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teractions with the partner, prayer that requests positive outcomes for the partner and the relationship directs individuals to affirm the core values that are most likely to support long–term investment in the marriage: love, compassion, and understanding. Such prayer encourages individuals to think about the depth of the connection they have to each other, leading them to affirm the relationship’s value. Used in this way, prayers can be constructed to remind individuals of their commitment to each other and so remind them that their marriage is worth protecting and sustaining. Prayers can also be constructed to help broaden a spouse’s perspective by encouraging consideration of the partner’s viewpoint. In the context of the immediate goal of winning an argument, spouses are apt to become immersed in their own concerns and to focus on refuting the partner’s position. This focus can render partners unwilling or unable to view the issue from the other’s perspective and encourage them to view the outcome of the dispute in “all–or–none” terms. In contrast, a prayer that is constructed to request help in assuming a partner–oriented perspective in combination with meditation on God’s1 love for the other, could motivate increased effort to apply attention and listening skills when the couple returns to their discussion. Such an effect would be consistent with cognitive tendencies to bring current behavior into conformity with the intention of past behavior (the decision to pray for the partner or the relationship, constructively, in this case) (e.g., Harmon–Jones & Harmon–Jones, 2002). Consequently, prayer can be used to efficiently achieve one of the primary goals of the “time out.” BREAKING NEGATIVE THOUGHT CYCLES Marital conflict commonly produces persistent negative thoughts and behavior, leading to the potential for much of “time out” to be spent rehearsing one side of the argument, preparing more pointed retorts, and refining a list of grievances. This response works against the purpose of taking a “time out;” accordingly, most “time out” procedures have some explicit or implicit mechanism de-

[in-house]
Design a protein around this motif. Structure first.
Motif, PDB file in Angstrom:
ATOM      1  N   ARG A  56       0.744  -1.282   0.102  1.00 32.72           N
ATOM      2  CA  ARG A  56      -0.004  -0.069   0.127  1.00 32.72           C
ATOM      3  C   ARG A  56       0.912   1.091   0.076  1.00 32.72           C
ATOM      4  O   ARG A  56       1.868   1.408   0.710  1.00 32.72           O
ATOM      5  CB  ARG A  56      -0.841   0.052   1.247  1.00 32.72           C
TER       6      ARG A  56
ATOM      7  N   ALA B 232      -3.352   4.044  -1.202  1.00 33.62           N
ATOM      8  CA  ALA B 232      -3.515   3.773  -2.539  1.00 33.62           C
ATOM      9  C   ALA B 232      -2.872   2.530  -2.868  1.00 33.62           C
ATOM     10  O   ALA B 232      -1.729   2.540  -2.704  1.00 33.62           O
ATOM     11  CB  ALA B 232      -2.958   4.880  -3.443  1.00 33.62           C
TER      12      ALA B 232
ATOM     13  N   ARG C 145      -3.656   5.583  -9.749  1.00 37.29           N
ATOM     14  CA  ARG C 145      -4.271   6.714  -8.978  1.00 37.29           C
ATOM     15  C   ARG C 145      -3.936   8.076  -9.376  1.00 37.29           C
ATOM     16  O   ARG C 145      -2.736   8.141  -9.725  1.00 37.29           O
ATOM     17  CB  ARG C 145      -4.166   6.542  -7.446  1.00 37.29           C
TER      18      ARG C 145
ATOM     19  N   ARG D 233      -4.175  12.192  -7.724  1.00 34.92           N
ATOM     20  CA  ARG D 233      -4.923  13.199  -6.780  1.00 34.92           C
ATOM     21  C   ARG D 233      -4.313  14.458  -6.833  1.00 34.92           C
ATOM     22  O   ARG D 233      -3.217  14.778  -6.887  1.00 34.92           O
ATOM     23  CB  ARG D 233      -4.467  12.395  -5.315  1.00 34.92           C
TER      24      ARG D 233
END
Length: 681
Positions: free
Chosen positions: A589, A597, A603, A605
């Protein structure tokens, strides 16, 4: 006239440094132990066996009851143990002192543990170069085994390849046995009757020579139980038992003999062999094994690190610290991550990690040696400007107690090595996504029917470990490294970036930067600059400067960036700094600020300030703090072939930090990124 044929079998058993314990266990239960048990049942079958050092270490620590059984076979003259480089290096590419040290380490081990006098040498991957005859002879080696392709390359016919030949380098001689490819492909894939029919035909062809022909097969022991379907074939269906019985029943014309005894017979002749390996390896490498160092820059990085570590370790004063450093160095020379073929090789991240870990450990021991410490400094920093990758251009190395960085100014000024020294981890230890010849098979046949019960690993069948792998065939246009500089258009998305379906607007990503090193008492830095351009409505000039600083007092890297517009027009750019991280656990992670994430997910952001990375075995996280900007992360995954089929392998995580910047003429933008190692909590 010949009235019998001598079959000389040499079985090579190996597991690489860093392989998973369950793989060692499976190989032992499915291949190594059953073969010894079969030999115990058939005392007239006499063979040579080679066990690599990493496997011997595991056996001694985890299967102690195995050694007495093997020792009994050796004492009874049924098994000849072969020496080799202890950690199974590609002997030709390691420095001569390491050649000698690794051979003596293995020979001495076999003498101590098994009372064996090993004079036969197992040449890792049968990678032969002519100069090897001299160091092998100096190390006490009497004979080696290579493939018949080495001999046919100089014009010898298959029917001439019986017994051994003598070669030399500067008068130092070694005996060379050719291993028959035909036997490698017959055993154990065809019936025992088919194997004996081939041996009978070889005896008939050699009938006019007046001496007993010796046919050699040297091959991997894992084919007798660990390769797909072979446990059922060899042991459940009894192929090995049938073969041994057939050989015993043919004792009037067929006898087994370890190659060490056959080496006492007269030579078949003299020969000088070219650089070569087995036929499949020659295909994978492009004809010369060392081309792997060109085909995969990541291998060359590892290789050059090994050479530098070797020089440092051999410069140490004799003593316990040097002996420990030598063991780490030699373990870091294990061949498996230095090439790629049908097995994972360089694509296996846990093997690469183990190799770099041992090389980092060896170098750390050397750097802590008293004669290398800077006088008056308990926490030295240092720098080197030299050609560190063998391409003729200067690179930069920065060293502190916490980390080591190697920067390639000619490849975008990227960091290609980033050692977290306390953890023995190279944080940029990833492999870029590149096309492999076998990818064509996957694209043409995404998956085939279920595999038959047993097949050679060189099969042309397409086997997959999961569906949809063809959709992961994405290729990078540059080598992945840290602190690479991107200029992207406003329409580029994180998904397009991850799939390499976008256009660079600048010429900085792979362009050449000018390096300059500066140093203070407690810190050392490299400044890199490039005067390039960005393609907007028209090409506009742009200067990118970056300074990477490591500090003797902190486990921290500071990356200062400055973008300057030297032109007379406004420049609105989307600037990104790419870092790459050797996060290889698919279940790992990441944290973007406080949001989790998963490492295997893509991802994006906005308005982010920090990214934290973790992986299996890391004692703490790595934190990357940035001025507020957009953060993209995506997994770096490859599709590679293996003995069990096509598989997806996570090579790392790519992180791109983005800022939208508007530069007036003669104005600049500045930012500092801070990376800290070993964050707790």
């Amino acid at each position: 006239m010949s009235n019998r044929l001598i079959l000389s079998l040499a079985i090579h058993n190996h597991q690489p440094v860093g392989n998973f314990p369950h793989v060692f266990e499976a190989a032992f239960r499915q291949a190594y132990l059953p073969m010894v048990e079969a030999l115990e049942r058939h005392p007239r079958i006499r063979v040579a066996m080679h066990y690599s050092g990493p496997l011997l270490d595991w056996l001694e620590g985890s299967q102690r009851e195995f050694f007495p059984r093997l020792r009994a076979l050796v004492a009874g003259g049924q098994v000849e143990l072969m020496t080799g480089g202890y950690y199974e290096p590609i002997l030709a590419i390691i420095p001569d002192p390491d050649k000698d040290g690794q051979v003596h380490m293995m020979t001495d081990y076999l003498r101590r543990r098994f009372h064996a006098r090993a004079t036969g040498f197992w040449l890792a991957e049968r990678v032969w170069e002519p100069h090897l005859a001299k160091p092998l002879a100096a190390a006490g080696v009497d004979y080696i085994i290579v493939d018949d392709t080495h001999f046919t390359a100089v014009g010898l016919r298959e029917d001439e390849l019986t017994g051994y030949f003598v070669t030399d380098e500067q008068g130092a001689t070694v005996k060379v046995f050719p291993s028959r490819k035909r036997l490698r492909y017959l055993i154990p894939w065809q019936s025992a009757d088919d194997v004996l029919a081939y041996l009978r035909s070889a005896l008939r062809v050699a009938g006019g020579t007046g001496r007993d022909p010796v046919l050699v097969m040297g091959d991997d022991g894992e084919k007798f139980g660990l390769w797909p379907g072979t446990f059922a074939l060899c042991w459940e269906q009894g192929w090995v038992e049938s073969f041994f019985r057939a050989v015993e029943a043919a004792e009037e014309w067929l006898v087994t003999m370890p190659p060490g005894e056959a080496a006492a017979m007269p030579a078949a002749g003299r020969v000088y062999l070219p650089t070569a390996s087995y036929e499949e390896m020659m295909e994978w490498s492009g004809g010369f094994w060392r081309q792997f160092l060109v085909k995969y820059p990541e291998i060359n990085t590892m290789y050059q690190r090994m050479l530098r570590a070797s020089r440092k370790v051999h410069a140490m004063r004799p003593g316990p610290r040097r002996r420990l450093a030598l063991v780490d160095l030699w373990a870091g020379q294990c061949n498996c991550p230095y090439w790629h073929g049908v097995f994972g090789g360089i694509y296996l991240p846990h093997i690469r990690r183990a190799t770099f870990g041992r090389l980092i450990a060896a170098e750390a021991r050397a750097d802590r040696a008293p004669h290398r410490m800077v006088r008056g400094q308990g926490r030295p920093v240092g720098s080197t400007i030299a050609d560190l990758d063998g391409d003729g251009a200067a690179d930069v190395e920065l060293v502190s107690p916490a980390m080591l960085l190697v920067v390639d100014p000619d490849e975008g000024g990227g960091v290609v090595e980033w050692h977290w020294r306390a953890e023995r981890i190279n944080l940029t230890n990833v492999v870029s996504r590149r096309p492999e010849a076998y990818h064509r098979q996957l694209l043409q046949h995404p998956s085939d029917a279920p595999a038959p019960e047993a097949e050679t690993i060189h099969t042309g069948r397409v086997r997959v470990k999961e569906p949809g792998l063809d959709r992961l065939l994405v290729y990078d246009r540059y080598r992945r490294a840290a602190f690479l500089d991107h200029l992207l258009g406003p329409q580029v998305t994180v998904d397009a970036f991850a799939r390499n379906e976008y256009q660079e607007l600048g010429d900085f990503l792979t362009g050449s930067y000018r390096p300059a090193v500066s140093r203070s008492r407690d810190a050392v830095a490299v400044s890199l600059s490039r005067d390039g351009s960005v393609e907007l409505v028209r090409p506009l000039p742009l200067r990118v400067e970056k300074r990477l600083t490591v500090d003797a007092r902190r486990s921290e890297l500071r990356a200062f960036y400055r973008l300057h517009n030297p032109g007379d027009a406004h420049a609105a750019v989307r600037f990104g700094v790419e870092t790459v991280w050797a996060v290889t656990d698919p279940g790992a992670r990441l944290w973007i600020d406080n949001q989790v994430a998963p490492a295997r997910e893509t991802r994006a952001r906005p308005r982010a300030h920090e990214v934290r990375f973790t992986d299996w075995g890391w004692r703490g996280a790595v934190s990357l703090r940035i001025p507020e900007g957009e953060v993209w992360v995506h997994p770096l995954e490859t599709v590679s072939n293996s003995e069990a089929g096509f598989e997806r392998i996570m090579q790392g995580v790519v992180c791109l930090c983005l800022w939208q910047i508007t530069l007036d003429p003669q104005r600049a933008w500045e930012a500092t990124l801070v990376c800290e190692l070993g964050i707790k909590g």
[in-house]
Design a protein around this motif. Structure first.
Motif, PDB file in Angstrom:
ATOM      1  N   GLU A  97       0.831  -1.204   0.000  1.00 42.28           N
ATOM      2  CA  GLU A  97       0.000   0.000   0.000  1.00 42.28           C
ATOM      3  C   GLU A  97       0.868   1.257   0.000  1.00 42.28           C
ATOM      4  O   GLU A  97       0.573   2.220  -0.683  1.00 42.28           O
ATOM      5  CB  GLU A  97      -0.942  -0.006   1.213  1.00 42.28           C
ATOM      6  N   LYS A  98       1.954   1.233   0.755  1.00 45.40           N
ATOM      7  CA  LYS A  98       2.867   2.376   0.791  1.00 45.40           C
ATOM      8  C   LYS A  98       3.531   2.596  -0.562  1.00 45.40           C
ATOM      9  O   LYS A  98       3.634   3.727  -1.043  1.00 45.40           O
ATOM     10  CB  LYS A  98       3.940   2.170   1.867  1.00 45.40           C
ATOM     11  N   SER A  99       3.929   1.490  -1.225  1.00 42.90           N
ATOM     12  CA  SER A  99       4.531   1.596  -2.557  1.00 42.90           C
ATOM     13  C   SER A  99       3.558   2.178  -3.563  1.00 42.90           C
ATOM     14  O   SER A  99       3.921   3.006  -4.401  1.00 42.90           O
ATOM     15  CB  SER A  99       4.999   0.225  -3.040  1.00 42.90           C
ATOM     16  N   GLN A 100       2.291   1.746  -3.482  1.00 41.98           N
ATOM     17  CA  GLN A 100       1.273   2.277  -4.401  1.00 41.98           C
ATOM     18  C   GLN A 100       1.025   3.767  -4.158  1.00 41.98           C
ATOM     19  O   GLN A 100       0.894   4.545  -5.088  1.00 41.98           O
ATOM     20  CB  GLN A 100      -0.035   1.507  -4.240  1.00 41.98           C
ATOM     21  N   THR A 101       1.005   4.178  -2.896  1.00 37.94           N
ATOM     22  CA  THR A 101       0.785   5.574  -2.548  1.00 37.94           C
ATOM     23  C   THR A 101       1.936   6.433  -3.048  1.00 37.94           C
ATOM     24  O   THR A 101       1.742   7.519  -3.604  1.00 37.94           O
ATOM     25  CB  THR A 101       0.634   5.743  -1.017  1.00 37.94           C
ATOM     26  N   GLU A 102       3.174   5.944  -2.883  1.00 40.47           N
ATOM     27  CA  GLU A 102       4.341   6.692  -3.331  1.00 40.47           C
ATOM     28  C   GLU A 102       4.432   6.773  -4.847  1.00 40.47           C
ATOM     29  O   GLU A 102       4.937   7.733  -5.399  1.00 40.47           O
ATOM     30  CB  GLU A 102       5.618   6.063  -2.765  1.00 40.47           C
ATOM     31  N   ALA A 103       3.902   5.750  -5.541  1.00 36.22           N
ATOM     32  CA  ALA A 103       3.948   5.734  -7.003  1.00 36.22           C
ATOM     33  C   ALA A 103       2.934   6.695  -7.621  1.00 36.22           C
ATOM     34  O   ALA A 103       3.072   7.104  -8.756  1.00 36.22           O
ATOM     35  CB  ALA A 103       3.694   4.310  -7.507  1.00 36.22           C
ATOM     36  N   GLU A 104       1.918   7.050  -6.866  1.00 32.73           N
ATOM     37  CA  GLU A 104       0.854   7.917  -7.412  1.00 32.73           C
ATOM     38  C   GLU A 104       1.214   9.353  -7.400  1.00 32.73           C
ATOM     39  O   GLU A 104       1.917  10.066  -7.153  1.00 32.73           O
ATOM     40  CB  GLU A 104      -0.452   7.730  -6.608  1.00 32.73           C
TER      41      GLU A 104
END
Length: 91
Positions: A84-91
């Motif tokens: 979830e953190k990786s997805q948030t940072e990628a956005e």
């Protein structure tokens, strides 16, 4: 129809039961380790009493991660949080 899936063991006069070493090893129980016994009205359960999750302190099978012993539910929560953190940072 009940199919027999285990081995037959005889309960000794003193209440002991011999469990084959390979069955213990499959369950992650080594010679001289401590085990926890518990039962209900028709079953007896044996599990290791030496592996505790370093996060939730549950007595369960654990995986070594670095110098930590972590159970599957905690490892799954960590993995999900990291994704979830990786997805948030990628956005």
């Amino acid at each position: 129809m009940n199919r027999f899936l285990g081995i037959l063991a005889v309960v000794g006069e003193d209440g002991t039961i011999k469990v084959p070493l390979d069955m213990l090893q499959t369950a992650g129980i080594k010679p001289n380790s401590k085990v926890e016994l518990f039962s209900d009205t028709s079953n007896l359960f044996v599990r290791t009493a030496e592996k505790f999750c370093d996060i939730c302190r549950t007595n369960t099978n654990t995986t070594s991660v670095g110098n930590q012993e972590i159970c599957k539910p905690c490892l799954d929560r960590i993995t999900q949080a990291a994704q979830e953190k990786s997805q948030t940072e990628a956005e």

1. Throughout the paper we use the term “God” to refer generically to a range of conceptions of the deity, higher power, or transcendent aspects of life typically associated with spirituality. We intend the usage to be inclusive rather than exclusive.